The idiosyncrasies of BDD

It’s been a while since I blogged about writing Acceptance Criteria using Behaviour Driven Development, specifically Gherkin [1,2] (read my previous blogs: A practical blog on how to write Scenarios using BDD and Requirement Pitfalls with BDD). However, after using BDD to document our Acceptance Criteria with a new client, I thought it was time I revisited the subject to see if I’d learned anything new.

The short answer is, “Yes!” This blog discusses some BDD idiosyncrasies I’ve discovered over the past year and a bit – to my surprise, not all of them are a good practice!

 

Acceptance criteria using BDD

Before getting started, I’d like to clarify my approach to writing Acceptance Criteria. You’ll notice in the examples provided below that I’m quite specific about the fields and messaging displayed. This is referred to as an ‘imperative’ approach [3].

I often prefer this approach because my team and I are quite detail oriented. Others may disagree with this approach or even see this as a pitfall of writing requirements, not just BDD. And, over the last year, I’ve also found myself using a more ‘declarative’ approach when writing Acceptance Criteria.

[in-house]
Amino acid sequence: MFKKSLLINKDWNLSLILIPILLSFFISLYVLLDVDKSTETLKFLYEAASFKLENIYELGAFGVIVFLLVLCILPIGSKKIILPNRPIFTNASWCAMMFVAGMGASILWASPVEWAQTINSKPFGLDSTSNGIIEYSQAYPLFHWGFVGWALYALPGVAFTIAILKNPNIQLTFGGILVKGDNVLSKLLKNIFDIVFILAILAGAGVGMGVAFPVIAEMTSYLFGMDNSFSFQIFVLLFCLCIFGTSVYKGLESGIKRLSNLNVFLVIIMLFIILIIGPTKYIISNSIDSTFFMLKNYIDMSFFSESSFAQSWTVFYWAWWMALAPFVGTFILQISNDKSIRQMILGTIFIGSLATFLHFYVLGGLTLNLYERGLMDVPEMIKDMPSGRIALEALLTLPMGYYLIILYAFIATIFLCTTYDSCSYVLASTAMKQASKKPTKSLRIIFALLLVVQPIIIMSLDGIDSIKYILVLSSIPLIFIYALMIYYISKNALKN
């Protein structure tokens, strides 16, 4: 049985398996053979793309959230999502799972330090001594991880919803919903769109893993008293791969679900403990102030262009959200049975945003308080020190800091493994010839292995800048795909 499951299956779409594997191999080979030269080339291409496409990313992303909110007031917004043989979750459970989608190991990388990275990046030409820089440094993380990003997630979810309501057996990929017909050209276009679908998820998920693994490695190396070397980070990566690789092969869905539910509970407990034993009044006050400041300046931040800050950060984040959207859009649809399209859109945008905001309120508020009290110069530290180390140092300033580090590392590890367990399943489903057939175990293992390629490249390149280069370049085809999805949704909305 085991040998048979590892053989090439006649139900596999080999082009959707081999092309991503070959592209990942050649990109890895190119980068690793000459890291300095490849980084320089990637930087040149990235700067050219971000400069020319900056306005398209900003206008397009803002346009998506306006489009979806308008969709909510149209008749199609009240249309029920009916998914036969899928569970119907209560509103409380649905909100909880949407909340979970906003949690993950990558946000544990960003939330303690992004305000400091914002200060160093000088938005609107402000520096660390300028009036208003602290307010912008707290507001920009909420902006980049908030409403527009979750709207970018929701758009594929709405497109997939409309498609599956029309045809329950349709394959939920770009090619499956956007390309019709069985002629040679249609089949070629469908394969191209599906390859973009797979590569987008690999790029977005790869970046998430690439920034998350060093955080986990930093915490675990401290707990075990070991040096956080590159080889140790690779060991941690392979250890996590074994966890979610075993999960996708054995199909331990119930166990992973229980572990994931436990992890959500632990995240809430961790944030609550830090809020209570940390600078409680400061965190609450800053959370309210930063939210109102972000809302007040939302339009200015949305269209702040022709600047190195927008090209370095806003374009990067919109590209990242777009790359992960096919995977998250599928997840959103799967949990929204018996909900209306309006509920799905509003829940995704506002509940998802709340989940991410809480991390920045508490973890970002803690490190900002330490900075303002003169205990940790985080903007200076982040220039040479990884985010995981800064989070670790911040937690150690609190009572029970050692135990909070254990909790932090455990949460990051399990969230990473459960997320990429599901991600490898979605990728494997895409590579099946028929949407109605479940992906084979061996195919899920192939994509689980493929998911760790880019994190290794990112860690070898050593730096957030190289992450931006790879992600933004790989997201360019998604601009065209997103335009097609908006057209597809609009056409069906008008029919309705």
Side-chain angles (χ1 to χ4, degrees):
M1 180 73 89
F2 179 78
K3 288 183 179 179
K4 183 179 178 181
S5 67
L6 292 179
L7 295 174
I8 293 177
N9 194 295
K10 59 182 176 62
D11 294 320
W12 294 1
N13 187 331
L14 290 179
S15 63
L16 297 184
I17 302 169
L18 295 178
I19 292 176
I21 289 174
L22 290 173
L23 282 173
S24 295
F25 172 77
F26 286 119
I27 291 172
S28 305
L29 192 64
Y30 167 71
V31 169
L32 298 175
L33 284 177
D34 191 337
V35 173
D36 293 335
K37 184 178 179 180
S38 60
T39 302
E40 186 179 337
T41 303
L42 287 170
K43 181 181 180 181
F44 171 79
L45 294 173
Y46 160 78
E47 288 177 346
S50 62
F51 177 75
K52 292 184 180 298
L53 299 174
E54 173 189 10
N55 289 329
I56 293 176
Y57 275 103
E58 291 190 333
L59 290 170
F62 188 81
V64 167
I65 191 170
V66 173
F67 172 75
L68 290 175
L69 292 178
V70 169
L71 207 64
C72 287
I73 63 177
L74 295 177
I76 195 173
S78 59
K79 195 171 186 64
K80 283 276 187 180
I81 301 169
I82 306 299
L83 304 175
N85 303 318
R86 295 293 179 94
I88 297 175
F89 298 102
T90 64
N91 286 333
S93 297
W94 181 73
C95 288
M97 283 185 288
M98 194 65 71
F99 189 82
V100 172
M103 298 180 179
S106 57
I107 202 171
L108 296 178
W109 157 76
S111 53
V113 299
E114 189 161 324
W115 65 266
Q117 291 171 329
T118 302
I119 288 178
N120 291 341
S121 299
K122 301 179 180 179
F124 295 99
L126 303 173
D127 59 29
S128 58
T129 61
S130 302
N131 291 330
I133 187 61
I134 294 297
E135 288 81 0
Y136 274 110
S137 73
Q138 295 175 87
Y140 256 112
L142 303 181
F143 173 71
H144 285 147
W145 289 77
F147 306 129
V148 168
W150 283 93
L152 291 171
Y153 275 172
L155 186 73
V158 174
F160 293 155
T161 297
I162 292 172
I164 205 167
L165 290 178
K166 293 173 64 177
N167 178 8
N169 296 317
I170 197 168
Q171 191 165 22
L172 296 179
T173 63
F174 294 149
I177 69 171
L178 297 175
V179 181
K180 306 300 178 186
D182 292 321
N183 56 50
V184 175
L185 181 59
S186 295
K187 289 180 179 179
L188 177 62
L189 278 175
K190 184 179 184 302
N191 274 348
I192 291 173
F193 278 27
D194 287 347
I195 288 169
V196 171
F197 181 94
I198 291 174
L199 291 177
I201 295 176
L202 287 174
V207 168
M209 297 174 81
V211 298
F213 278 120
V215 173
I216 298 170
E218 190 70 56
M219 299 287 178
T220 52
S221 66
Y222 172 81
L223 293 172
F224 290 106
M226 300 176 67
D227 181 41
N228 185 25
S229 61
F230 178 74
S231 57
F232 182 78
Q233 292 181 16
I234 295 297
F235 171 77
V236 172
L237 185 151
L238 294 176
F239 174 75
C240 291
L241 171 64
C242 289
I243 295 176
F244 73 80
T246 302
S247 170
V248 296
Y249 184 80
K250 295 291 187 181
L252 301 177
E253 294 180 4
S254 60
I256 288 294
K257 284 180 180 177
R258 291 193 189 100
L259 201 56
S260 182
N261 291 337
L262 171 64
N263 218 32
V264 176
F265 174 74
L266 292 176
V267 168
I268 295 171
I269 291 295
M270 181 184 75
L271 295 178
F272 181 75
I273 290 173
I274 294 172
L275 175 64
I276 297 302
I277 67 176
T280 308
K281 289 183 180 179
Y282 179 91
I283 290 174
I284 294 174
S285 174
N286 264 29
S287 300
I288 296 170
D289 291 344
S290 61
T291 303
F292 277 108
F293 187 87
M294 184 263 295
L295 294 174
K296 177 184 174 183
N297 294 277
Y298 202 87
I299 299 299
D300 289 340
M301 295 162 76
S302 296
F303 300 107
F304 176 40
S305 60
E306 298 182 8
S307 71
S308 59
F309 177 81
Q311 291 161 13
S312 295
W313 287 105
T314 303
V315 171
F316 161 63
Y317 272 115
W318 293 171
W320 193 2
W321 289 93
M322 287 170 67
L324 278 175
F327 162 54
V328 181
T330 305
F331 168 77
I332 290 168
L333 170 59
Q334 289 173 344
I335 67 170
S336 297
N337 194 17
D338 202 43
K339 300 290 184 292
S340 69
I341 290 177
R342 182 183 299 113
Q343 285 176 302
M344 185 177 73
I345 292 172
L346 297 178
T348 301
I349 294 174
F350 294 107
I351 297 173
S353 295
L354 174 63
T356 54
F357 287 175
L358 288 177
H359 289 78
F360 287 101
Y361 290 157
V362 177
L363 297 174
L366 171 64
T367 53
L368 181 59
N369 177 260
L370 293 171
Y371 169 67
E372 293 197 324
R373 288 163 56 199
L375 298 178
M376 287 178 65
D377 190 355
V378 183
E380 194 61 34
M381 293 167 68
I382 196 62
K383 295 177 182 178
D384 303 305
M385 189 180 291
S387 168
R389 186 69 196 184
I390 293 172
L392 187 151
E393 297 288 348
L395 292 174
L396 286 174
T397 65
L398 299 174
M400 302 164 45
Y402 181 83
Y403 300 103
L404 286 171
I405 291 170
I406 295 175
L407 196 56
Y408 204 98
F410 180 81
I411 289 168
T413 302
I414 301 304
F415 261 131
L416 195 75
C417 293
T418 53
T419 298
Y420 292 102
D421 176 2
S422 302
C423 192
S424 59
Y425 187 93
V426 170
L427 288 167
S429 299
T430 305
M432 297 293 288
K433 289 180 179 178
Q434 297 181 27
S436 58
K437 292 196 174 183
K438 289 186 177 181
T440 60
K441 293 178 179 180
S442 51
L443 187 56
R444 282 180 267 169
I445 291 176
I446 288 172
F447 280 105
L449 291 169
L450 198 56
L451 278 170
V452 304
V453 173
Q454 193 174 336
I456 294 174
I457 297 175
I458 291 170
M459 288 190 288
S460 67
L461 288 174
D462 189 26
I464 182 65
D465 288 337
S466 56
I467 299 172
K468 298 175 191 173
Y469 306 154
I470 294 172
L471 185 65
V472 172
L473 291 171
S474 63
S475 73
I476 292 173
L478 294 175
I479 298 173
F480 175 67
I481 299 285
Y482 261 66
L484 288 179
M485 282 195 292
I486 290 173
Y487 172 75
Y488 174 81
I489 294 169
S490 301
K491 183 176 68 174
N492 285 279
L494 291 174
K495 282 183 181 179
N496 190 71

For example, when writing about submitting a form or request, I won’t refer to the specific button used but the action of submitting the request. You’ll also notice I’ve updated some of my example scenarios to reflect this shift.

(Imperative or declarative – want to make up your own mind? I recommend you take a look at: Handling UI in User Stories and/or ‘Imperative vs declarative scenarios in user stories’).

Using backgrounds to provide context for all scenarios

The backgrounds concept within Gherkin allows you to add a context that covers all your scenarios [4]. Take, for example, the Facebook scenarios used in my previous blog. The common context is that Fred is signing up for Facebook:

Scenario: Providing all required fields creates Facebook account
Given Fred is signing up for Facebook,
When he enters the following required details:

  • First Name
  • Last Name
  • Email
  • Re-enter email
  • Password
  • Birthday
  • Gender

And the password provided has 6 or more characters,
And he submits his request,
Then a Facebook account is created,
And an account name is set as Fred’s email address,
And a confirmation email is sent to Fred.

Scenario: Providing an invalid password prevents Facebook account creation
Given Fred is signing up for Facebook,